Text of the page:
Literary tribute: Kar ke thaiya thaiya, Bulleh Shah’s message resonates

Published: August 31, 2013
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"There is a need to read, research, and understand the message of humanity as taught by Bulleh Shah,” says Dr Soomro.

"There is a need to read, research, and understand the message of humanity as taught by Bulleh Shah,” says Dr Soomro.

ISLAMABAD: 

Sufism brings to mind spiritual medieval sages meditating in some foreign, mystical lands. It is an idea far removed from the so-called civilised and modern world. Yet is this very idea that has enriched the lives of its followers with virtues like harmony, humility and love — requisites for any peaceful and progressive society.

These were views of speakers at an event aimed at paying tribute to the great Sufi and humanist Baba Bulleh Shah at the Writers House of Pakistan Academy of Letters on Friday. The speakers included Professor Saeed Ahmed Farani, who has translated Shah’s wisdom from Punjabi into English and Dr Khadim Hussain Soomro, who is a noted scholar, researcher and author of over 40,000 books on mysticism and Indus Valley civilisation. The session was moderated by the Pakistan Intellectual Forum Chairman Hashim Abro.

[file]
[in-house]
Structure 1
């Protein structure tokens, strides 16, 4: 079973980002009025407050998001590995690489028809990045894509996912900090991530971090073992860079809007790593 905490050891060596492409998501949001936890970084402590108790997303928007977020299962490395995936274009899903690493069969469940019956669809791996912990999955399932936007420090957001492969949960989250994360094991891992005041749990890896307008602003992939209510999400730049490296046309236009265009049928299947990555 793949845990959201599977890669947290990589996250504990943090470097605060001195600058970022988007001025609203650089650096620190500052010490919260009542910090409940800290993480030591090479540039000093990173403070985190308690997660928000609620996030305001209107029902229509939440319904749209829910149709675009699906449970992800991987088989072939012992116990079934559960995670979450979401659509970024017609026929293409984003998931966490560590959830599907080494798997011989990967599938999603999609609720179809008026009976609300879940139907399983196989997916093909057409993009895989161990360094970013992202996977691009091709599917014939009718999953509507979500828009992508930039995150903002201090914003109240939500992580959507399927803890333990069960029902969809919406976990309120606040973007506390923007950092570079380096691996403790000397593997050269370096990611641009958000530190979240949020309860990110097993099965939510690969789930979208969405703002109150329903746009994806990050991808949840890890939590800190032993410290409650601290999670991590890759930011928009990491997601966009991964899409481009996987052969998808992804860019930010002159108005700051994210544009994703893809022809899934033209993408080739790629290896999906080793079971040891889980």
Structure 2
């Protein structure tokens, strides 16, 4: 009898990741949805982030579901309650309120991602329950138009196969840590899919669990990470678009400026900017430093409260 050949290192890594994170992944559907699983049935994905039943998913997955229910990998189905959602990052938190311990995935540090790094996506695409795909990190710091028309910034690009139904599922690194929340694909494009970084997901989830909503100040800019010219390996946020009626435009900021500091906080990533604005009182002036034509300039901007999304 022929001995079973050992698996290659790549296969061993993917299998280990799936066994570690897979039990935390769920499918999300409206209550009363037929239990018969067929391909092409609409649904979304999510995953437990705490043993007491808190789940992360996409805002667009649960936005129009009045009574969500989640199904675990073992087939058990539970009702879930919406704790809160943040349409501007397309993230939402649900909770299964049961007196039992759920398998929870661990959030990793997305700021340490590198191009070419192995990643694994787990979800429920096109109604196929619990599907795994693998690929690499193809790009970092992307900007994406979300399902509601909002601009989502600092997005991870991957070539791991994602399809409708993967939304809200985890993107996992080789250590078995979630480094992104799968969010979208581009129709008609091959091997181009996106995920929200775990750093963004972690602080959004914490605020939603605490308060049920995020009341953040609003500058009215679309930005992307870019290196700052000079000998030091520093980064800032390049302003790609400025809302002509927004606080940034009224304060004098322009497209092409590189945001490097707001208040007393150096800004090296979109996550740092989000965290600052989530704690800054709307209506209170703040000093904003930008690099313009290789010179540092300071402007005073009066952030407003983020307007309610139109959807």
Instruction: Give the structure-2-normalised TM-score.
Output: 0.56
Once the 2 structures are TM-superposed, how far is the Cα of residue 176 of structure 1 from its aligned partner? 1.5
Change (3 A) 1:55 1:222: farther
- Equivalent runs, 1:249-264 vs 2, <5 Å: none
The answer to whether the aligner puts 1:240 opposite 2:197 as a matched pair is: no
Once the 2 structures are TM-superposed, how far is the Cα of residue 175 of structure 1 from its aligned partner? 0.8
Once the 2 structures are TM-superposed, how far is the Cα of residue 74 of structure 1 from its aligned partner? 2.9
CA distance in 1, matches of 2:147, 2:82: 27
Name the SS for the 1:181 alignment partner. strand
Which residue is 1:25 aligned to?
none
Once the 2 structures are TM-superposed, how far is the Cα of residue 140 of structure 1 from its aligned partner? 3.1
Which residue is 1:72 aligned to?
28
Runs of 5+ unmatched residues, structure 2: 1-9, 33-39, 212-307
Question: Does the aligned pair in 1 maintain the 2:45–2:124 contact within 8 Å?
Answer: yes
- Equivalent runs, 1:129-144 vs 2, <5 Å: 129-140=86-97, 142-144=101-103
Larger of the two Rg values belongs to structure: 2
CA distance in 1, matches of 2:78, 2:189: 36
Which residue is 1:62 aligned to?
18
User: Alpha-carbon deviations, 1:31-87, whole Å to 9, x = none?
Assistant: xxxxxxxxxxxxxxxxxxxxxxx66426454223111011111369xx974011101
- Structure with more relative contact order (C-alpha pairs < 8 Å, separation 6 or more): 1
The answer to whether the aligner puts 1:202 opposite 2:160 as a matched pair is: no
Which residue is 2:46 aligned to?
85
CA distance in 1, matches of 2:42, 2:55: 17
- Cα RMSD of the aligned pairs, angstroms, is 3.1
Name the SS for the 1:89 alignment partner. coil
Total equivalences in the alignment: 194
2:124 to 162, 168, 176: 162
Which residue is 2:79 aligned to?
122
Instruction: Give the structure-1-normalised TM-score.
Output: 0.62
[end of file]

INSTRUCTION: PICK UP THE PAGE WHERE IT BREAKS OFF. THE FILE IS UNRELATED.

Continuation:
Soomro underlined the need for reviving the local culture. Had the teachings of Sufi saints like Shah, Shah Abdul Latif Bhittai, Waris Shah, Lah Shahbaz Qalandar, pbeen followed, there would be no discord, conflict or discrimination, he said. “Poetry is not the preparation for life but life itself. There is a need to read, research, and understand the message of humanity as taught by Bulleh Shah.”

Gul Muhammad, a young musician, performed selected verses from Shah’s poetry, with a variation of pop. His rendition of “Tere ishq nachaya”, “Bulla ki jana mein kaun” and “Ni mein kamli haan” invited much applause from the audience. Muhammad has been researching the mystic genre as a means to explore the messages behind Sufi poetry and spread it among the youth.

“Shah operated on a different orbit altogether. It is hard for a common person to understand the quest of his knowledge and spiritual journey. People mediate and chant mantras but very few come close to comprehending Shah’s philosophy,” Farani commented.

Nasreen Cheema, a guest said, “It’s the powerful message of the Sufis that the fundamentalists feel threatened by. Shah’s poetry sinks into the soul,” she said.

Britta Petersen, another guest, enjoyed the programme even though she does not comprehend Punjabi and is learning Urdu. But through the course of the session, she picked up some bits of Persian poetry, nodding in appreciation. “It was excellent. If people actually followed these teachings, the country won’t be facing many of the prevalent problems.”

Published in The Express Tribune, August 31st, 2013.

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